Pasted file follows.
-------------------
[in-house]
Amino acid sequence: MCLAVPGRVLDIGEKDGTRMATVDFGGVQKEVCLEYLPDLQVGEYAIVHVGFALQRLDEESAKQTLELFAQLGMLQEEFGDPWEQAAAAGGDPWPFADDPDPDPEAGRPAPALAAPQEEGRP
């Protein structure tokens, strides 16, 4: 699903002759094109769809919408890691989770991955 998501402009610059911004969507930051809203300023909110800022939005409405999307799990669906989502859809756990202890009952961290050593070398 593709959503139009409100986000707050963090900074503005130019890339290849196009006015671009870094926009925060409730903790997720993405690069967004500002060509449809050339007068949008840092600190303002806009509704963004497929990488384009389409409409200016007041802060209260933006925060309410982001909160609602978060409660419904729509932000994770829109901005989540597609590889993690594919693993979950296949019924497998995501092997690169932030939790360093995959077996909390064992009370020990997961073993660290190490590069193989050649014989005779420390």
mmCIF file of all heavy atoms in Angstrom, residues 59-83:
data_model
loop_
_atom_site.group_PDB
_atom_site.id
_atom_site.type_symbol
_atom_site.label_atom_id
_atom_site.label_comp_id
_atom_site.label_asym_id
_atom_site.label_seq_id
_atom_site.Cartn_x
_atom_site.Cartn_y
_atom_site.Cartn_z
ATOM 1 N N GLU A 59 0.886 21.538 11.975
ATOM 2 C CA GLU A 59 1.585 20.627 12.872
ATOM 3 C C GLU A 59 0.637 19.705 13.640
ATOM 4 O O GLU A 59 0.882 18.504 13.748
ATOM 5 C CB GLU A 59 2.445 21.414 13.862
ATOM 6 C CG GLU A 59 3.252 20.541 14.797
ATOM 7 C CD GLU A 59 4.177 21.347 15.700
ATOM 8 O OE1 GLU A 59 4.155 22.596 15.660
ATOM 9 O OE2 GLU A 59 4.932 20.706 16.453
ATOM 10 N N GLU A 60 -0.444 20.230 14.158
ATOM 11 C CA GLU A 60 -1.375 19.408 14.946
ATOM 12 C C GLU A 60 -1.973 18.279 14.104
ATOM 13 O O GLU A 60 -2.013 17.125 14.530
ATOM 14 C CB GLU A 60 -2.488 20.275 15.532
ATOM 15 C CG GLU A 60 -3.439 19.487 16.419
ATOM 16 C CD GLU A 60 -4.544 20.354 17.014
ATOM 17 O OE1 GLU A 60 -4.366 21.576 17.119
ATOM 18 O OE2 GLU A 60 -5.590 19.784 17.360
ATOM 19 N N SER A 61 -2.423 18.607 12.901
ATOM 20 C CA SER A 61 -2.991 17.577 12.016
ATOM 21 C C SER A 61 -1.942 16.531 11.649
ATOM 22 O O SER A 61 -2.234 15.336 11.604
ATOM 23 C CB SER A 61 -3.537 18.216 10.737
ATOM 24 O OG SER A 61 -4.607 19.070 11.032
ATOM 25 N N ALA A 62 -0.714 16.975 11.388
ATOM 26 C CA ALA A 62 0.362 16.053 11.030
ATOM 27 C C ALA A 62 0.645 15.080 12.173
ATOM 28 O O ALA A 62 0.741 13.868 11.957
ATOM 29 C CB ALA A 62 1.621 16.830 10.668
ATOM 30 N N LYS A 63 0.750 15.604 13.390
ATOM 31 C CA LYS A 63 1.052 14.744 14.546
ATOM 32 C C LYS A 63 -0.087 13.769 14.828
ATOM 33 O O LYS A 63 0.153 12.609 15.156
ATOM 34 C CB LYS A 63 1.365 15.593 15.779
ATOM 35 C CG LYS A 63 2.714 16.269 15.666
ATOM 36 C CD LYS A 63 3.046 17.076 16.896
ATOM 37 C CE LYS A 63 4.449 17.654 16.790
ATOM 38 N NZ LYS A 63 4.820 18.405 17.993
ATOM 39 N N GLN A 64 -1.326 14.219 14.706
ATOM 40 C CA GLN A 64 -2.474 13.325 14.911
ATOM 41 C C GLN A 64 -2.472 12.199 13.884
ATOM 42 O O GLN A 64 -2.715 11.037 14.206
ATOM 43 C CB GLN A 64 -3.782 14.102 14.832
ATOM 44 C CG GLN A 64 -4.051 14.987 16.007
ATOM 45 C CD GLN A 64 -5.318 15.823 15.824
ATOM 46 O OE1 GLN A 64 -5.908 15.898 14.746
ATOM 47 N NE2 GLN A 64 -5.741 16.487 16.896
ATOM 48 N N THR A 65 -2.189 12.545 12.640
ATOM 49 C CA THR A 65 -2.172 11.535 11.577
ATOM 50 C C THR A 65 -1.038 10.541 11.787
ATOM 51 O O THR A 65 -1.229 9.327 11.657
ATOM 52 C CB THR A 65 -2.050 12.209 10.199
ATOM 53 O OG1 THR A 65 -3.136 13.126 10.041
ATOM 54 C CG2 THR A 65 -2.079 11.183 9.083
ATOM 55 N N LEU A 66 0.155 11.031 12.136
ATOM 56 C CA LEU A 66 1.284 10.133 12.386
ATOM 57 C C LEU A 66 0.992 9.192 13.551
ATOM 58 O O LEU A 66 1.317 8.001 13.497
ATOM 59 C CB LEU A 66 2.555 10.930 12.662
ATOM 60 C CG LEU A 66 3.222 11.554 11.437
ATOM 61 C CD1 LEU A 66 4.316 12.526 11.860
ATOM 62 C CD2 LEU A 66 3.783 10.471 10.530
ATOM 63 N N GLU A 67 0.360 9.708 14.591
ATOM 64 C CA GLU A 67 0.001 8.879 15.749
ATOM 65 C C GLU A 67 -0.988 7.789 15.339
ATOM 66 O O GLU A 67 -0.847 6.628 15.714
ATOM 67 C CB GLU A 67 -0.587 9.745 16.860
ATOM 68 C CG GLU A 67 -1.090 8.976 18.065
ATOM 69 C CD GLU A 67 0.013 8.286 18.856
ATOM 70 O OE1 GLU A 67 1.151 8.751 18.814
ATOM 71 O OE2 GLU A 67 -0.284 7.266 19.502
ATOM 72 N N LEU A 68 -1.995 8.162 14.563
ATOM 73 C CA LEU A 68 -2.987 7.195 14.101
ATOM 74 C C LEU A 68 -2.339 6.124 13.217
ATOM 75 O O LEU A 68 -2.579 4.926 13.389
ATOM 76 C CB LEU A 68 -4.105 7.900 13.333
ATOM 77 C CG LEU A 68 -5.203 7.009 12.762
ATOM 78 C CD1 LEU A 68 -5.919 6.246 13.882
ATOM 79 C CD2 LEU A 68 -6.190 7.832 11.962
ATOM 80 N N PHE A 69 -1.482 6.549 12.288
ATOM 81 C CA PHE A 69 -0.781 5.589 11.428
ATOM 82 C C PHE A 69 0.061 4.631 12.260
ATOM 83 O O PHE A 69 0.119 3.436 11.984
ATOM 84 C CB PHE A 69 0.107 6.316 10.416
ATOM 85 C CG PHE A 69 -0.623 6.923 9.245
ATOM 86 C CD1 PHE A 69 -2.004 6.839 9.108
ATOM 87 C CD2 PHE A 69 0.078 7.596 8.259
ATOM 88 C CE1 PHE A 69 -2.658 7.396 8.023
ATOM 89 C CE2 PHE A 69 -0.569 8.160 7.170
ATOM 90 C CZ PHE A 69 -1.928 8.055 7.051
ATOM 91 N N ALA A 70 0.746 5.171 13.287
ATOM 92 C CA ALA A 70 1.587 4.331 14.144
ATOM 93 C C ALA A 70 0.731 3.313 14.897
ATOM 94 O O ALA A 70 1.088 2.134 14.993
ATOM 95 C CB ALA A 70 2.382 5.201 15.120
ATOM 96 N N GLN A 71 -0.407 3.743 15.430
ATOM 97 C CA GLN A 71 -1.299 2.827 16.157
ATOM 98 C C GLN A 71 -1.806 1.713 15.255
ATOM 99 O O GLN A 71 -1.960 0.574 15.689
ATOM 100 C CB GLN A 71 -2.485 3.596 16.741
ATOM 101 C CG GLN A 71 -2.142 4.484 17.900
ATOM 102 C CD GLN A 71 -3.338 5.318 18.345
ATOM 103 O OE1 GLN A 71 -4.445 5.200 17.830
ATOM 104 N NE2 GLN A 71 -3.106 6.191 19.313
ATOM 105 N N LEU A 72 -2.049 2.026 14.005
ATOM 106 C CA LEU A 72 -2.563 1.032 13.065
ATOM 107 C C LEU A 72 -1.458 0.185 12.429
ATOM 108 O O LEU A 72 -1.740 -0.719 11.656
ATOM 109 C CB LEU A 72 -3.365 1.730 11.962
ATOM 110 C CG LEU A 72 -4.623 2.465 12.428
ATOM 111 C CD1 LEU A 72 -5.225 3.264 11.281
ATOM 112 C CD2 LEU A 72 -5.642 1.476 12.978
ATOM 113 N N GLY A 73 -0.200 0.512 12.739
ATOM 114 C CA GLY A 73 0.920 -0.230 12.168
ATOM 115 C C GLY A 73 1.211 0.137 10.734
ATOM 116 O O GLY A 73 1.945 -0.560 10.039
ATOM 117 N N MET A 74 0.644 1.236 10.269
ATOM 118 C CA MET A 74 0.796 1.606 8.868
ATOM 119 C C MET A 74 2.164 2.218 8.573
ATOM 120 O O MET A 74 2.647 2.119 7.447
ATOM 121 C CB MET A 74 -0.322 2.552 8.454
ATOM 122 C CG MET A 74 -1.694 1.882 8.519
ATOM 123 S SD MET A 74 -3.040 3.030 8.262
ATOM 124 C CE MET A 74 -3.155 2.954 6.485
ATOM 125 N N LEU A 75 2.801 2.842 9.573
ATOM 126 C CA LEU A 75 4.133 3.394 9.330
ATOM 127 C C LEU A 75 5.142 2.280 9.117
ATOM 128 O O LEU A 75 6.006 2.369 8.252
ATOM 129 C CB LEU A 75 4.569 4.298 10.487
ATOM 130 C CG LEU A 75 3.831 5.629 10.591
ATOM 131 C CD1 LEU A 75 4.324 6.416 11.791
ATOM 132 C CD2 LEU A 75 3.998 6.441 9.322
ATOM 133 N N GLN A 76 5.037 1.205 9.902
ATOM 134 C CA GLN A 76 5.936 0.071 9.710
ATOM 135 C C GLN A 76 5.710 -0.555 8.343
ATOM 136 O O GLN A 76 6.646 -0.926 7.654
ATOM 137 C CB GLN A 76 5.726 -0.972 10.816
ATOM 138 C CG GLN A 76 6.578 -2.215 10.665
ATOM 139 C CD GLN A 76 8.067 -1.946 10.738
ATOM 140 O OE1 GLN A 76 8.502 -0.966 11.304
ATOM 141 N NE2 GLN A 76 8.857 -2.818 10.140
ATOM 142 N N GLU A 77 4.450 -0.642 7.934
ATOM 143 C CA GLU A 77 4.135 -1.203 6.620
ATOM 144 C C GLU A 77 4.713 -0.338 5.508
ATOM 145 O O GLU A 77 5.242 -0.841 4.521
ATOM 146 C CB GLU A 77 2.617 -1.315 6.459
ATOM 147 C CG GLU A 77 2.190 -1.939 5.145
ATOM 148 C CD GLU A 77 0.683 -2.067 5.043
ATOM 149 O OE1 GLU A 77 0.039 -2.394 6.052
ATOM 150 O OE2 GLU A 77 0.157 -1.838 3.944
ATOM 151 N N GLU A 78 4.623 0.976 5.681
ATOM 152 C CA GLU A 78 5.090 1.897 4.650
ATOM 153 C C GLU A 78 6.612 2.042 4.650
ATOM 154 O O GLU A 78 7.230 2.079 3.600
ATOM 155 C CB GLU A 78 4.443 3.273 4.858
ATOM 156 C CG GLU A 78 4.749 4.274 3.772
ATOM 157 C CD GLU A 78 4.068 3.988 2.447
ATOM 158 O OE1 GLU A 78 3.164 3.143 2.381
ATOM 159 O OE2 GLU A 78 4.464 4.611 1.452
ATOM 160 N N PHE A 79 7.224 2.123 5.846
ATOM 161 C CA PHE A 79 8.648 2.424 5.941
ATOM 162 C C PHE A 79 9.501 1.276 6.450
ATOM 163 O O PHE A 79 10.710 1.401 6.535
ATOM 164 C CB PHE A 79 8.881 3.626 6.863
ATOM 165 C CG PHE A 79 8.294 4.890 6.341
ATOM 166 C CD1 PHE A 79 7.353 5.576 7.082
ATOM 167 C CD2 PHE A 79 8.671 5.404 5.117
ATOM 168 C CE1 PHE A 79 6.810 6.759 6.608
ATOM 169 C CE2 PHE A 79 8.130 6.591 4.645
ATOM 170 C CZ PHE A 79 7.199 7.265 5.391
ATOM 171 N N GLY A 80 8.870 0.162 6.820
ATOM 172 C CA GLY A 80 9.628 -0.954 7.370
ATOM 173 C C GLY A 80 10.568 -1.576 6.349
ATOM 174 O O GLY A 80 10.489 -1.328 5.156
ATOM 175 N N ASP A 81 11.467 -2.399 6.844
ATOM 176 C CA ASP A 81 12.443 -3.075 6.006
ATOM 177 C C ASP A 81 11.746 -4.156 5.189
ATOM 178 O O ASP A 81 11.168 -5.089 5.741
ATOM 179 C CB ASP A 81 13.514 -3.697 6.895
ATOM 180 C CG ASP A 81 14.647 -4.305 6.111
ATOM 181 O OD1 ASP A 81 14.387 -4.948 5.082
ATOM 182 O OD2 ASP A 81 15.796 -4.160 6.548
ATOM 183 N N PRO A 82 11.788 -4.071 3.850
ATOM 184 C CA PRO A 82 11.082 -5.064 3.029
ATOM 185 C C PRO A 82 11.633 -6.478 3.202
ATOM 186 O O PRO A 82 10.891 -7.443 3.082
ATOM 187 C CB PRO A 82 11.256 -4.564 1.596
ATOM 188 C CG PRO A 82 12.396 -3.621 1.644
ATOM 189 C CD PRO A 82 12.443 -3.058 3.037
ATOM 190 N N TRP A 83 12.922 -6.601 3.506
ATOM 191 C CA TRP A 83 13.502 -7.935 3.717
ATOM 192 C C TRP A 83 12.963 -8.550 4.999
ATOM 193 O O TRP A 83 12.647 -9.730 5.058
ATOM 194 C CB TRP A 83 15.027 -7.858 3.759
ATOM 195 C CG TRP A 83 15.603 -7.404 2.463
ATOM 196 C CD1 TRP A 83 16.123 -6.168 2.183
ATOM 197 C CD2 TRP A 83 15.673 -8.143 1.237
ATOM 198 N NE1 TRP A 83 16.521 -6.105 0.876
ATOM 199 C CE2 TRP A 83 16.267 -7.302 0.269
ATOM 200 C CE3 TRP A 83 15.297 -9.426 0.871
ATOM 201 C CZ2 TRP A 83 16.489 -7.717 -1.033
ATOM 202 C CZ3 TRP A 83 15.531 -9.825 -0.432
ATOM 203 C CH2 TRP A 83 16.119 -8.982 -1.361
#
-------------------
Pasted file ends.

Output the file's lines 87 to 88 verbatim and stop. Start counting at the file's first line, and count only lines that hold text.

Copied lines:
ATOM 71 O OE2 GLU A 67 -0.284 7.266 19.502
ATOM 72 N N LEU A 68 -1.995 8.162 14.563